6 Characteristics of a ‘Sticky’ Idea

One of the best business lessons I have learned over the years is the concept of one big idea. A big idea is an idea or position that separates you from
the crowd. A big idea is similar to a Unique Selling Proposition, but it goes beyond that. All with the intention of getting someone to buy-in to your idea

It usually goes against the grain and many times causes polarity in popular opinion. You can see this everyday in the diet and health niche. There is the
South beach diet, the Anabolic Diet, The Atkins diet, and the list goes on. Each and every one of these popular diets has a unique twist or idea that has really caught on with the general public.

Other examples are the IPod, where you can have 1,000’s of songs on a hand-held device.

Coming up with your big idea is not easy. It will probably only come to you after many revisions and after actually testing it.

But what makes an idea become popular? Why do some ideas catch on like wildfires and other simply disappear never to hear from again.

This a subject that I am always reading and researching because I find it very interesting.

I was recently reading, “Made to Stick” by Chip & Dan Heath. The book is an attempt to look at available research and studies and answer the question,
“why do some ideas survive and others die?”

In the field of NLP, practitioners often use the concept of ‘modeling’ successful people. The principle is simple: if you do exactly what they do, in the
same order they do it, you can produce the same or similar results. This is very true. I have experienced this in my life, especially in my health.

I wanted to make some improvements in my body composition so I found the person that had the result I was looking for and modeled what they did, when they
did it and I produced similar results.

Creating and crafting winning big ideas is very similar. Though not guaranteed, you can model successful ideas of the past and present to increase your
chances of them being winners.

According to Chip and Heath, after thousands of hours of research they believe that there are 6 principles to a ‘Sticky’ Idea. Here they are:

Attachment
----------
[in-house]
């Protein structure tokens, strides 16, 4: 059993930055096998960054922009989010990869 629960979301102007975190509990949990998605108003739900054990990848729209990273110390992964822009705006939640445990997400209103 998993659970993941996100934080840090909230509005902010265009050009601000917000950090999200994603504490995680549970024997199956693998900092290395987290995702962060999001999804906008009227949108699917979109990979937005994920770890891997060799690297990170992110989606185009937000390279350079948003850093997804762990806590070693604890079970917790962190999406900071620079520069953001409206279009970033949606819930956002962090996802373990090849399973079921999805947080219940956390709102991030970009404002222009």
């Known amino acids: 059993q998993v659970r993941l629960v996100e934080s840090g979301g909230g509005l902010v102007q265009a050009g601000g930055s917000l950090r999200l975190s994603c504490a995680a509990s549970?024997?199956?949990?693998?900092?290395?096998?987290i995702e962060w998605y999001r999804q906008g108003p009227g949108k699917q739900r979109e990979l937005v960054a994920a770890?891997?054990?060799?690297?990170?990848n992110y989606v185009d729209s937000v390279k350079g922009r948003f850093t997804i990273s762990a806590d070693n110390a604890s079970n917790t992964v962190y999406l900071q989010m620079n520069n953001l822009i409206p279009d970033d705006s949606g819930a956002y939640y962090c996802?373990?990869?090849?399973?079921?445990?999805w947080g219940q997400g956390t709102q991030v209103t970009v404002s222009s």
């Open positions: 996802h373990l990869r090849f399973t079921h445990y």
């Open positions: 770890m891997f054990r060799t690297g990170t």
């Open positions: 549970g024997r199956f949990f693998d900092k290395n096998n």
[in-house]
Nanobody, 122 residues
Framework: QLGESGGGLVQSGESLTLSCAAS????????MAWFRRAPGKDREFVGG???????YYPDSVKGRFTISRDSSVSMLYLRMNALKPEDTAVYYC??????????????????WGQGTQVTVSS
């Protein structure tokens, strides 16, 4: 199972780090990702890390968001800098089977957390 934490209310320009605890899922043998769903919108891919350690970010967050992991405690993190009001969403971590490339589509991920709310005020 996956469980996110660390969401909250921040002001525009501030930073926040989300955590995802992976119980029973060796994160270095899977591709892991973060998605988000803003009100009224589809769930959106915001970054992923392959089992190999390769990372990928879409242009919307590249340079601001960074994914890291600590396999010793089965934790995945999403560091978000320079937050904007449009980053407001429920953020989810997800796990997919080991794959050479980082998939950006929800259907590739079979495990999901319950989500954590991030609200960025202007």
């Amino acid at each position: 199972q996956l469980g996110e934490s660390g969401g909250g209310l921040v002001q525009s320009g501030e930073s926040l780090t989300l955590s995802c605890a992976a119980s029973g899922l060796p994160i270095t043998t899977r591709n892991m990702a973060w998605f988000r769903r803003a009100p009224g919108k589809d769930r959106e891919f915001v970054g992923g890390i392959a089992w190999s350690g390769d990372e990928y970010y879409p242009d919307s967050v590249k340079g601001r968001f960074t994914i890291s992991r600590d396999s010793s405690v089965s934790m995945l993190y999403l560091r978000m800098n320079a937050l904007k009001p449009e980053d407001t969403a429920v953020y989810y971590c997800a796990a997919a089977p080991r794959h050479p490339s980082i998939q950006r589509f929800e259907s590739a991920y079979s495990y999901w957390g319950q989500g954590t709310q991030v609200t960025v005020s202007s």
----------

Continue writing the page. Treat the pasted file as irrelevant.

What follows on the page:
Your idea has to be simple. Simple doesn’t mean short. Sound bites aren’t’ what we are looking for. Our big idea has to be simple and profound. The author’s example, was if you a trial lawyer argues 10 points, even if each is a good point, by the time the jury gets
back to the trial room, they won’t remember anything. If your big idea is too confusing or has to be explained to often, people will lose interest. One of
my favorite examples of a big idea that is really short and to the point is, “how you do anything, is how you do everything.” Southwest airlines has been
one of the longest running profitable airlines in history. Herb Kelleher once told someone, “I can teach you the secret to running this airline in thirty
seconds. This is it: We are THE low-fare airline. Once you understand that fact, you can make any decision about this company’s future as well as I can.”

How do we get our audience to pay attention to our ideas, and how do we maintain their interest when we need time to get the ideas across? According to the
Heath brothers, we need to “violate their expectations”. We need to be counter-intuitive. We need to do or say something that surprises our audience and
causes them to focus. But simply surprising them is not enough because surprise is only momentary. What has to occur next is the creation of interest and curiosity. The best way to do that is by creating open loops or gaps that will peak their interest and curiosity and then
close those loops and fill those gaps. We do this all time in our presentations; we open with a pattern interrupt. Example: “Look to the person on your